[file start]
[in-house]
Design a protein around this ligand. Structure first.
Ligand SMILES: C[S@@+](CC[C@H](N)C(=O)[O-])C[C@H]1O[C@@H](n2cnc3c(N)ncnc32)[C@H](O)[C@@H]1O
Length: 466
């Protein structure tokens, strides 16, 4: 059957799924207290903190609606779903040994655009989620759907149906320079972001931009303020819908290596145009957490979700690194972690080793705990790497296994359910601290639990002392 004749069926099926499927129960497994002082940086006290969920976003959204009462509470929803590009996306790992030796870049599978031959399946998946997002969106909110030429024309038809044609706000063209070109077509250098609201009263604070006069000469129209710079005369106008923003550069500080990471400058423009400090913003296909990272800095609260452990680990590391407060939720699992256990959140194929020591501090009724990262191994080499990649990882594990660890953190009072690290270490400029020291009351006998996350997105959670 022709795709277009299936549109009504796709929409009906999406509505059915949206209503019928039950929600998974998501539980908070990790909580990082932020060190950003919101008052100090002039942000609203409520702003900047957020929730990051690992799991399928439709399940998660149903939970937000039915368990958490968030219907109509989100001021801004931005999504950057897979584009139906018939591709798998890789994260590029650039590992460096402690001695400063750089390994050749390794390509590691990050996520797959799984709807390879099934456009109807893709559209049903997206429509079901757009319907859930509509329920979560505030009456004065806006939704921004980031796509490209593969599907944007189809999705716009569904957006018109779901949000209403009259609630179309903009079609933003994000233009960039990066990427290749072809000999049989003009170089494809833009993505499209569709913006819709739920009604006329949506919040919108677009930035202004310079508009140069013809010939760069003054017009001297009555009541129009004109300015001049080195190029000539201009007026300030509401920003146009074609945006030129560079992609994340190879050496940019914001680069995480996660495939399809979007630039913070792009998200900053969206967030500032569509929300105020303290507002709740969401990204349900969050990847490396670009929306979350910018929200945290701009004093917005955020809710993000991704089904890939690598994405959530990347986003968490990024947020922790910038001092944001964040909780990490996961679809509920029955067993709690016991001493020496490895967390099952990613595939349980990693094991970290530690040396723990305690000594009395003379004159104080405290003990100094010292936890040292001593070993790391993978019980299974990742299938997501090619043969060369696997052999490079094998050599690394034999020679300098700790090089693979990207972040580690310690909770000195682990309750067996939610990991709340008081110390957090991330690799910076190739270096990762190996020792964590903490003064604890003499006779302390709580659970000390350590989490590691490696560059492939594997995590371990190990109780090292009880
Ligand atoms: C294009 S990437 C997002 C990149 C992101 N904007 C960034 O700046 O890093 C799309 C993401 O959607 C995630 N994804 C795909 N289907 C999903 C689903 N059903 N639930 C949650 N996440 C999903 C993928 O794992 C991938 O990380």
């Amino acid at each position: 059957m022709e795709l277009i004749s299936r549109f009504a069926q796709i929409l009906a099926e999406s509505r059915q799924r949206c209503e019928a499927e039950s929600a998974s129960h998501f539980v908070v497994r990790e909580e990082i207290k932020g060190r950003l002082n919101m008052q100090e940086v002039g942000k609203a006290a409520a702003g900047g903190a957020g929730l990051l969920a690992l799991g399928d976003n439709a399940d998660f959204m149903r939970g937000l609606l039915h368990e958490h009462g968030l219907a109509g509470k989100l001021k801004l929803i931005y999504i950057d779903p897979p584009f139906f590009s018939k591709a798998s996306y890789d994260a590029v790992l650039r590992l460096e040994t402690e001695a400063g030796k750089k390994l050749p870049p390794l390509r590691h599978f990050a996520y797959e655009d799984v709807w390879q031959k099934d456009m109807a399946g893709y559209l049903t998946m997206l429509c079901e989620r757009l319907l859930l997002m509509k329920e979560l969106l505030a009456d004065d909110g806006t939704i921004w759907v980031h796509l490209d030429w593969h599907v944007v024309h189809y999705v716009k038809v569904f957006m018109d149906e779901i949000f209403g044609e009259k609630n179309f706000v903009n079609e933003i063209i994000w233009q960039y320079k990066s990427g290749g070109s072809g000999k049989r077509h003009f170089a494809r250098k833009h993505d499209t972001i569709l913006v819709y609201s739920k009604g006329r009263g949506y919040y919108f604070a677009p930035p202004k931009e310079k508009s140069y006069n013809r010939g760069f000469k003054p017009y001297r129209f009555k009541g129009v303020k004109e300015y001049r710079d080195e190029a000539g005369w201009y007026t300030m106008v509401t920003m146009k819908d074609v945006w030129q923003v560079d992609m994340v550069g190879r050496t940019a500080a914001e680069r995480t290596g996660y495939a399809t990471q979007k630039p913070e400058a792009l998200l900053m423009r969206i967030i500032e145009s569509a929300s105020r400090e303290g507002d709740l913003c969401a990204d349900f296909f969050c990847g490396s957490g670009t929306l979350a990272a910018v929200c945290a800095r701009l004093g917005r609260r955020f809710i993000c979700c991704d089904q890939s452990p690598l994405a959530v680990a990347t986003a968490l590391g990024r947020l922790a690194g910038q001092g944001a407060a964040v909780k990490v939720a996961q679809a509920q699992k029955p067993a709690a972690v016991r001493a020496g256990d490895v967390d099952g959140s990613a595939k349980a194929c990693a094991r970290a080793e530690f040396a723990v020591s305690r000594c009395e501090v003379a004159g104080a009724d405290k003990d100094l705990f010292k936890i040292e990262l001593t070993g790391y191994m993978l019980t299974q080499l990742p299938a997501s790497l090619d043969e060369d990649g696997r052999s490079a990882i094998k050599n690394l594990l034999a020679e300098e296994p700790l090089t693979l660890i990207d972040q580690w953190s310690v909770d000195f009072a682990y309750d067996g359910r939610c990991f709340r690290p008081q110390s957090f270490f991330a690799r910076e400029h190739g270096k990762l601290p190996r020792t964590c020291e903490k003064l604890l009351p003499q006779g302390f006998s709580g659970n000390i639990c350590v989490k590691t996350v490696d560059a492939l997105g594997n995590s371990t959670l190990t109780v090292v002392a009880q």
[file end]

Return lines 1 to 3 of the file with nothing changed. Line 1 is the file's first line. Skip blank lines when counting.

[in-house]
Design a protein around this ligand. Structure first.
Ligand SMILES: C[S@@+](CC[C@H](N)C(=O)[O-])C[C@H]1O[C@@H](n2cnc3c(N)ncnc32)[C@H](O)[C@@H]1O